POINT PLEASANT BEACH — Schools Superintendent William Smith gave a lengthy presentation at Tuesday’s school board meeting in response to the ongoing community discussion about a racially driven incident at Point Pleasant Beach High School in April.
“I come to you with total humility, just trying to be … a messenger of how we philosophically approach these very, very heavy, serious and significant issues for our students, for our families and for our community,” Mr. Smith said.
The presentation followed a call by alumni and current students for actions to address race and promote inclusivity after the April 13 incident, which officials have said involved the appearance of a “white power” message at Point Pleasant Beach High School.
Members of Point Pleasant Beach for Black Lives Matter reported that a project submitted to the school’s online portal by two students bore a title that reads backwards as “Whitepower.”
While explaining that student confidentiality thus far prevents him from discussing specific details of the incident, Superintendent Smith told those attending the board of education meeting that the district is obligated under law to do a complete investigation into the matter.
“I don’t want to hear from the community that ‘you sweep it under the rug, you don’t pay attention to it,’” he said.
“Absolutely not, nothing can be further from the truth.”
The number one takeaway from the incident, Mr. Smith said, is that “whatever was the cause of our most recent situation, it cannot, will not and is not tolerated.”
However, the school district is bound by state and federal policies as well as legal guidelines when dealing with such incidents, he said.
“Make no bones about it, when its an issue of bias, hatred, racism, discrimination, on down that list, the police are involved, which typically leads right to the Ocean County Prosecutor’s Office, because that’s the rule and because we follow the rules.”
Disciplinary steps involving students would not be taken in public, Mr. Smith said.
“We’re not allowed to share, it’s not appropriate for us to share student discipline matters or what our consequences are,” said Mr. Smith.
“And it’s nights like this where it is incumbent upon me to earn your trust that we do the right thing and we take it seriously.”
Mr. Smith said the schools must also use restorative discipline, using education and intervention to change the actions of students.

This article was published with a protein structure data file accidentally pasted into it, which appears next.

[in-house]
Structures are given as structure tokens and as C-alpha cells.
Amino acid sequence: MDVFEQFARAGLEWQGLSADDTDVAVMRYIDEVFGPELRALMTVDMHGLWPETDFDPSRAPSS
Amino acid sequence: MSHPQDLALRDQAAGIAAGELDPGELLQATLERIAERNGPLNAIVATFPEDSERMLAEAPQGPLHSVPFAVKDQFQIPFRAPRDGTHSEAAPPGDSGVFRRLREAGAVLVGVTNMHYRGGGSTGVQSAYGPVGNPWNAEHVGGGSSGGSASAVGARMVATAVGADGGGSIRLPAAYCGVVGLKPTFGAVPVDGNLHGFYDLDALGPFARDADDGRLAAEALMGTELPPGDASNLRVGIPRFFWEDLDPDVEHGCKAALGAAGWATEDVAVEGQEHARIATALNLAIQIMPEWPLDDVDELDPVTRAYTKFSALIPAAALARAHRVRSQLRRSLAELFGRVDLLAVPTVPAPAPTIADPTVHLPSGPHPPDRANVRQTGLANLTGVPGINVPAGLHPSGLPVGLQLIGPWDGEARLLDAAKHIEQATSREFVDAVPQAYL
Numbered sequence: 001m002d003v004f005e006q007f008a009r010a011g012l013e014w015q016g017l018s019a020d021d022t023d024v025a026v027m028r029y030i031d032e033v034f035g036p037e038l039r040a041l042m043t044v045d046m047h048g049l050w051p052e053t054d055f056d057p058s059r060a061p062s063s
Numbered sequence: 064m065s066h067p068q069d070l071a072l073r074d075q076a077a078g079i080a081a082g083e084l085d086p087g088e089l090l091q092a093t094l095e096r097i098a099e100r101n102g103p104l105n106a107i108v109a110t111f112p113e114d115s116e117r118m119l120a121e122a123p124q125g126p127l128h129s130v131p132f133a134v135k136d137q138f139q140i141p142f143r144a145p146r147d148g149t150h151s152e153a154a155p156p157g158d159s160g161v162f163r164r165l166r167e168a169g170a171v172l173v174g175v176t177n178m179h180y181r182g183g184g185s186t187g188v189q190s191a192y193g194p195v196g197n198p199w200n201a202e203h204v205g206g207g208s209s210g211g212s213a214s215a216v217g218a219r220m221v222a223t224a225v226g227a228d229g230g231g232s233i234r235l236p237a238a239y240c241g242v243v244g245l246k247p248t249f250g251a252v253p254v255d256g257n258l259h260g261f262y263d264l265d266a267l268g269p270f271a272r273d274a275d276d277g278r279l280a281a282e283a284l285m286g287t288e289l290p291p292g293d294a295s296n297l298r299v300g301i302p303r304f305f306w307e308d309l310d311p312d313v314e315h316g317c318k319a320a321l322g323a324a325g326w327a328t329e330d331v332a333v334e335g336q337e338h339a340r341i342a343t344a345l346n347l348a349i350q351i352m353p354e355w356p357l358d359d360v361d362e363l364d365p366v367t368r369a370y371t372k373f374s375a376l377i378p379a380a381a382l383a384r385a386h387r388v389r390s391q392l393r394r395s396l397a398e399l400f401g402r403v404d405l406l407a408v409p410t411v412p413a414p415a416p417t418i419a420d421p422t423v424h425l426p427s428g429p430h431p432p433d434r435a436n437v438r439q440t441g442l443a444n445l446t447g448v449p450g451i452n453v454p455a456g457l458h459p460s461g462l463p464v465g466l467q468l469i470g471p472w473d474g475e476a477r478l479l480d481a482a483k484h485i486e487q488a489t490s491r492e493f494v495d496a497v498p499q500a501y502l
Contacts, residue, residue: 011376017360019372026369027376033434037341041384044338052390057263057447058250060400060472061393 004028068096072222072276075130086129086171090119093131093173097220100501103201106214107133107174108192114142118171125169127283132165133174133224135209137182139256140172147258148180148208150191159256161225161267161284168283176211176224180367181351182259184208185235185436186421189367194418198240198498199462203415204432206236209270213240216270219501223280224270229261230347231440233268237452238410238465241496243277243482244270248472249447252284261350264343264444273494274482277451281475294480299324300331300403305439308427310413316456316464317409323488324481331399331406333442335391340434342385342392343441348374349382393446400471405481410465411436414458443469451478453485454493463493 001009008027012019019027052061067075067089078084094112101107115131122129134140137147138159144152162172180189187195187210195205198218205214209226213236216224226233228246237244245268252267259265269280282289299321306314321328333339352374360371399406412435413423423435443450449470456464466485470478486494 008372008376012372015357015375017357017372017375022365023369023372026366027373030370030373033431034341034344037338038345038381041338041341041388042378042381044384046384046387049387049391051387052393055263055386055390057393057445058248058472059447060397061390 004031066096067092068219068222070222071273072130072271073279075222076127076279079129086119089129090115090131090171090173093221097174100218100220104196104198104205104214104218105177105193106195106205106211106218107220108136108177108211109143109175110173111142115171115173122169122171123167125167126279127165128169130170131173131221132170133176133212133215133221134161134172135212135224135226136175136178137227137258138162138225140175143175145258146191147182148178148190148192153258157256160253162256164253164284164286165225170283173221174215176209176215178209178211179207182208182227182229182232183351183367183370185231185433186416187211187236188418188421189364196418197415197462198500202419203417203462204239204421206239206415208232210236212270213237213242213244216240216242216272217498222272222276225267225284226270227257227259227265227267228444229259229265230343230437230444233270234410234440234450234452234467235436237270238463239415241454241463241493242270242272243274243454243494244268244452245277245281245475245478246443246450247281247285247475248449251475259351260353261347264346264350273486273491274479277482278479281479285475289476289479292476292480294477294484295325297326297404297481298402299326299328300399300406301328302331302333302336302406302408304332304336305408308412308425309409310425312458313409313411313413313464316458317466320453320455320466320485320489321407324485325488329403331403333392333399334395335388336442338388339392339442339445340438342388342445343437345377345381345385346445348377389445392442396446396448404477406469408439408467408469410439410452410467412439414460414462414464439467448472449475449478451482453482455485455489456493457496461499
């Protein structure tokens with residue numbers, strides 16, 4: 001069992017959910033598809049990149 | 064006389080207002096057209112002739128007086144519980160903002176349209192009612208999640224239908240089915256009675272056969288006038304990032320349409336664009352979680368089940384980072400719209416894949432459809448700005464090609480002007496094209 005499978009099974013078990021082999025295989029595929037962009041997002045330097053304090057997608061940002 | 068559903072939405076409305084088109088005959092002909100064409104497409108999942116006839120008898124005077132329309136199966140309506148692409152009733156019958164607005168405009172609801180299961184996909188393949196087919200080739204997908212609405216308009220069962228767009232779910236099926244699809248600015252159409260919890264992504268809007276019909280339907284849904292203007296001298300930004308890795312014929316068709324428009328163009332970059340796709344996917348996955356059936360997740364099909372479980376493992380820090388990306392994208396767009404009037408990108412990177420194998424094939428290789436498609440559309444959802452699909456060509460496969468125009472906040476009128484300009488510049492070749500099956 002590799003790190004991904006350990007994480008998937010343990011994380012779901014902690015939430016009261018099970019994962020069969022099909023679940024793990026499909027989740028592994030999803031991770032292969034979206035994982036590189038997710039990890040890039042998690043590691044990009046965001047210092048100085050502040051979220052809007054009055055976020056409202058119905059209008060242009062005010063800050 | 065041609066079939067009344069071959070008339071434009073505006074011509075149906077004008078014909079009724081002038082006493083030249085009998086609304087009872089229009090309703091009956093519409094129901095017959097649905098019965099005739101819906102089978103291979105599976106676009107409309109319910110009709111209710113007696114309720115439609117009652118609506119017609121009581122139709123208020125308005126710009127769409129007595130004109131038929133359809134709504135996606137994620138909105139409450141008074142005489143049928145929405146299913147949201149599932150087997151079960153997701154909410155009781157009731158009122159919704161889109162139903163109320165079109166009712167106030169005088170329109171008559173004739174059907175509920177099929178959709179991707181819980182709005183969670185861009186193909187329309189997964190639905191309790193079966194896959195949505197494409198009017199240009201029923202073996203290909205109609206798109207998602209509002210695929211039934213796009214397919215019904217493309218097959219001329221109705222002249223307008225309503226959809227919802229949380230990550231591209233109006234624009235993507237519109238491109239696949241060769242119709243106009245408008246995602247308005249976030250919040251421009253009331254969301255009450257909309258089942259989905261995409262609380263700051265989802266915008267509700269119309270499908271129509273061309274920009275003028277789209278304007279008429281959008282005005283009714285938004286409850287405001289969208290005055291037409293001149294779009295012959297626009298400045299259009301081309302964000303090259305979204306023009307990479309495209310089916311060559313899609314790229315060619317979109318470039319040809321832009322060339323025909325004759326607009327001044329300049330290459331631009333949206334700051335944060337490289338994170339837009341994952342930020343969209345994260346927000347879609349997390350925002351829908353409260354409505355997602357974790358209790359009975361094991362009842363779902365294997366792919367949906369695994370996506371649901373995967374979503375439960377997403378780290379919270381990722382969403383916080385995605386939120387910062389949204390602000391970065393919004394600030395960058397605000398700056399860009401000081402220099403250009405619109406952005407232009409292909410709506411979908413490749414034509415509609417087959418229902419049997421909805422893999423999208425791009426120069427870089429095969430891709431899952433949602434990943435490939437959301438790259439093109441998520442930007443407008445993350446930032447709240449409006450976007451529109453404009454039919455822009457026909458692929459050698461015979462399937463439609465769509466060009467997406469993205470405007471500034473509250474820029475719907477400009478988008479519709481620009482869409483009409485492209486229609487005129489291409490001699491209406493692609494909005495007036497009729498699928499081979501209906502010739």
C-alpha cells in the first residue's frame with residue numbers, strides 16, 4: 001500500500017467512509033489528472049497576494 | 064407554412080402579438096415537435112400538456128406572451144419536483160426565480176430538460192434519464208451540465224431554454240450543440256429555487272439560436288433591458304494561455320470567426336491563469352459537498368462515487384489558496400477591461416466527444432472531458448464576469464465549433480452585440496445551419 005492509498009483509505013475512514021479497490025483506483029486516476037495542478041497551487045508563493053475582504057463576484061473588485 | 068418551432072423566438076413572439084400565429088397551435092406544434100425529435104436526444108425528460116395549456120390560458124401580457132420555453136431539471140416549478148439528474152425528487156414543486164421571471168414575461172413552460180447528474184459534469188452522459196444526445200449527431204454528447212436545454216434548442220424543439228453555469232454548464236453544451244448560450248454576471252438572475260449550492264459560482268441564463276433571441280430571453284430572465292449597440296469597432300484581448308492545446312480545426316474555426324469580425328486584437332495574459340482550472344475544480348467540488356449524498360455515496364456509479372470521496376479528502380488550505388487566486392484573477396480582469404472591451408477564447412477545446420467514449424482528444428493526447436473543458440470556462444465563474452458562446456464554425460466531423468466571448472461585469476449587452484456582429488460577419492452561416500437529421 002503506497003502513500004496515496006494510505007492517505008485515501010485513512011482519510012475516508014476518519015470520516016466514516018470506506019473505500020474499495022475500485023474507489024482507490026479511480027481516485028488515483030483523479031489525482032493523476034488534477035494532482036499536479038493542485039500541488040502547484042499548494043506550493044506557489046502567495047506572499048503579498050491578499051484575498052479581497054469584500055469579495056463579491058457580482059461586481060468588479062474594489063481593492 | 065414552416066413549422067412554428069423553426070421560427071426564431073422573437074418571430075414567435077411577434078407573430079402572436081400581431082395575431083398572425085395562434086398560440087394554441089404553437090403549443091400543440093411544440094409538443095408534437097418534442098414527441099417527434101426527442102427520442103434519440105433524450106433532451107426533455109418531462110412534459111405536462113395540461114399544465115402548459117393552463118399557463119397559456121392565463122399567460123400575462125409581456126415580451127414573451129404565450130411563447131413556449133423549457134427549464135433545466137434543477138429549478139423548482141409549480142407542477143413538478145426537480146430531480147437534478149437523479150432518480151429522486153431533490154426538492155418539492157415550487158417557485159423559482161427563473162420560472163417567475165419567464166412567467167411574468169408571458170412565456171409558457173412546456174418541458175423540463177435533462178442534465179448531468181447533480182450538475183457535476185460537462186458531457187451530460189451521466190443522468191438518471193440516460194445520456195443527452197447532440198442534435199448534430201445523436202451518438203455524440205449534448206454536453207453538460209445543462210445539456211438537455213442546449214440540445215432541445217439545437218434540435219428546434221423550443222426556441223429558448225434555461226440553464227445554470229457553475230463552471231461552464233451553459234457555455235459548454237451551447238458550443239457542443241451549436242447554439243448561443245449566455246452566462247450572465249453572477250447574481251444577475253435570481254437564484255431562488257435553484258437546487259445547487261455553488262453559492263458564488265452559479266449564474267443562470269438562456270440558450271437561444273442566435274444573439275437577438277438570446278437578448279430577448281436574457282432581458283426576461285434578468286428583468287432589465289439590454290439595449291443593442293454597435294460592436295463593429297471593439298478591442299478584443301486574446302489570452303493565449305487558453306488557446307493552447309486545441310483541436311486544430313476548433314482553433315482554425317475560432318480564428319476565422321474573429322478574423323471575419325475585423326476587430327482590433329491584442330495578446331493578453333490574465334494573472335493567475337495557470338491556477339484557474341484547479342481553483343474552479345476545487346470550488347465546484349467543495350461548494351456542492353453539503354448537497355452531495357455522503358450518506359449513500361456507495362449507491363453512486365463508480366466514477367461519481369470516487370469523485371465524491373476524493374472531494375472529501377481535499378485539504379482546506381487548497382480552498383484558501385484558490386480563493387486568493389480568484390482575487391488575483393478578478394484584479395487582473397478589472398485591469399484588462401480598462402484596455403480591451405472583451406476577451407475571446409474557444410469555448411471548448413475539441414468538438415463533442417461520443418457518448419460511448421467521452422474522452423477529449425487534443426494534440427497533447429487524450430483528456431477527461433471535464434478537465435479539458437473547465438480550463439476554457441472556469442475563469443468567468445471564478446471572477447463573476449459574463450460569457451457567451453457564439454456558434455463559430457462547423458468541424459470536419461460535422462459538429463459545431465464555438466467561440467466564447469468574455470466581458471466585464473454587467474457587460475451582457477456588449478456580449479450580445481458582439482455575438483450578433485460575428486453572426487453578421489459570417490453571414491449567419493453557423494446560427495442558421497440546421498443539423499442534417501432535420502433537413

“Ultimately as a public school, we have to have every student feel comfortable in our building,” he said.
“Our job is to educate and I will never apologize for calling out the impropriety of adults.”
District inclusivity aims
Mr. Smith said the district has been pushing for systemic change since his return in 2016, removing systematic barriers for student involvement and culture.
“This is an ongoing journey, not a final point, not a finish point,” he said.
“It’s not something that we rest our laurels or say is perfectly done or complete by any stretch.”
Mr. Smith said the district has revisited its demographics and found that student population demographics were similar to the staff population.
“The aspiration is to have your teaching population mirror your student population right. I think that overlooks a lot of diversity that’s in our staff already, LGBTQ staff members, first-generation Americans, first-generation college-goers, native speakers,” said Mr. Smith.
He said over the past four years, the district has seen a roughly 30 percent turnover on retirements.
“We’ve made a point of hiring faculty who have had previous work experience in diverse schools because it brings a teaching philosophy and a technique that is very helpful to our circumstances in Point Pleasant Beach and to our approach to develop community.”
He said he used his experience in Red Bank Regional High School and Raritan High School to bring inclusive policies to the district.